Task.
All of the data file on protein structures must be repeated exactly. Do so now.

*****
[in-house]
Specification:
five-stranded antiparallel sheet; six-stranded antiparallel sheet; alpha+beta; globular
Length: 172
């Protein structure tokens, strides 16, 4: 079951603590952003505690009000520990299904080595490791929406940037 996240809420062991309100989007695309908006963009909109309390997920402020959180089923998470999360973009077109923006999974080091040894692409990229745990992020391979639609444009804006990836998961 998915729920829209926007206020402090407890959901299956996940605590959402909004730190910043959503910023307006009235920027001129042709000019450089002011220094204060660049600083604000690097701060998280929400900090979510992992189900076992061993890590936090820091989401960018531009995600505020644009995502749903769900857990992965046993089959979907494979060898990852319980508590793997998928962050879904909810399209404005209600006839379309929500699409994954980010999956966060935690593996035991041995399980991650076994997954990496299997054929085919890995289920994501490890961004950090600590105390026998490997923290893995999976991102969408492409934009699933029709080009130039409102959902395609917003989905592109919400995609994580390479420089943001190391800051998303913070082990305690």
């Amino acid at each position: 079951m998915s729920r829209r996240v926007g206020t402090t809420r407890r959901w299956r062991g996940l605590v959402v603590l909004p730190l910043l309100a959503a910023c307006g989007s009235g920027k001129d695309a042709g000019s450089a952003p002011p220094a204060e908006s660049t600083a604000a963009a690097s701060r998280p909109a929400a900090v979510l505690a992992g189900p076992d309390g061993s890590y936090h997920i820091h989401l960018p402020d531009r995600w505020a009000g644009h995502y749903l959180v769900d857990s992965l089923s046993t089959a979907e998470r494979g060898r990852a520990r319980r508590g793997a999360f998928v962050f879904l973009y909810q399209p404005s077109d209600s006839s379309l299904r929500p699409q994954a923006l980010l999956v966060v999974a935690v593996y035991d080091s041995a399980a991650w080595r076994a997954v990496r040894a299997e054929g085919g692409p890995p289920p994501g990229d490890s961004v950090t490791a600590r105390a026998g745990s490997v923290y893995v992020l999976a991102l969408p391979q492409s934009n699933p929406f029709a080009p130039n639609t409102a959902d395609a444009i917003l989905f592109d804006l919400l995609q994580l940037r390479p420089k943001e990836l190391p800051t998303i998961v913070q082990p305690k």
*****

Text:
[in-house]
Specification:
five-stranded antiparallel sheet; six-stranded antiparallel sheet; alpha+beta; globular
Length: 172
């Protein structure tokens, strides 16, 4: 079951603590952003505690009000520990299904080595490791929406940037 996240809420062991309100989007695309908006963009909109309390997920402020959180089923998470999360973009077109923006999974080091040894692409990229745990992020391979639609444009804006990836998961 998915729920829209926007206020402090407890959901299956996940605590959402909004730190910043959503910023307006009235920027001129042709000019450089002011220094204060660049600083604000690097701060998280929400900090979510992992189900076992061993890590936090820091989401960018531009995600505020644009995502749903769900857990992965046993089959979907494979060898990852319980508590793997998928962050879904909810399209404005209600006839379309929500699409994954980010999956966060935690593996035991041995399980991650076994997954990496299997054929085919890995289920994501490890961004950090600590105390026998490997923290893995999976991102969408492409934009699933029709080009130039409102959902395609917003989905592109919400995609994580390479420089943001190391800051998303913070082990305690």
């Amino acid at each position: 079951m998915s729920r829209r996240v926007g206020t402090t809420r407890r959901w299956r062991g996940l605590v959402v603590l909004p730190l910043l309100a959503a910023c307006g989007s009235g920027k001129d695309a042709g000019s450089a952003p002011p220094a204060e908006s660049t600083a604000a963009a690097s701060r998280p909109a929400a900090v979510l505690a992992g189900p076992d309390g061993s890590y936090h997920i820091h989401l960018p402020d531009r995600w505020a009000g644009h995502y749903l959180v769900d857990s992965l089923s046993t089959a979907e998470r494979g060898r990852a520990r319980r508590g793997a999360f998928v962050f879904l973009y909810q399209p404005s077109d209600s006839s379309l299904r929500p699409q994954a923006l980010l999956v966060v999974a935690v593996y035991d080091s041995a399980a991650w080595r076994a997954v990496r040894a299997e054929g085919g692409p890995p289920p994501g990229d490890s961004v950090t490791a600590r105390a026998g745990s490997v923290y893995v992020l999976a991102l969408p391979q492409s934009n699933p929406f029709a080009p130039n639609t409102a959902d395609a444009i917003l989905f592109d804006l919400l995609q994580l940037r390479p420089k943001e990836l190391p800051t998303i998961v913070q082990p305690k």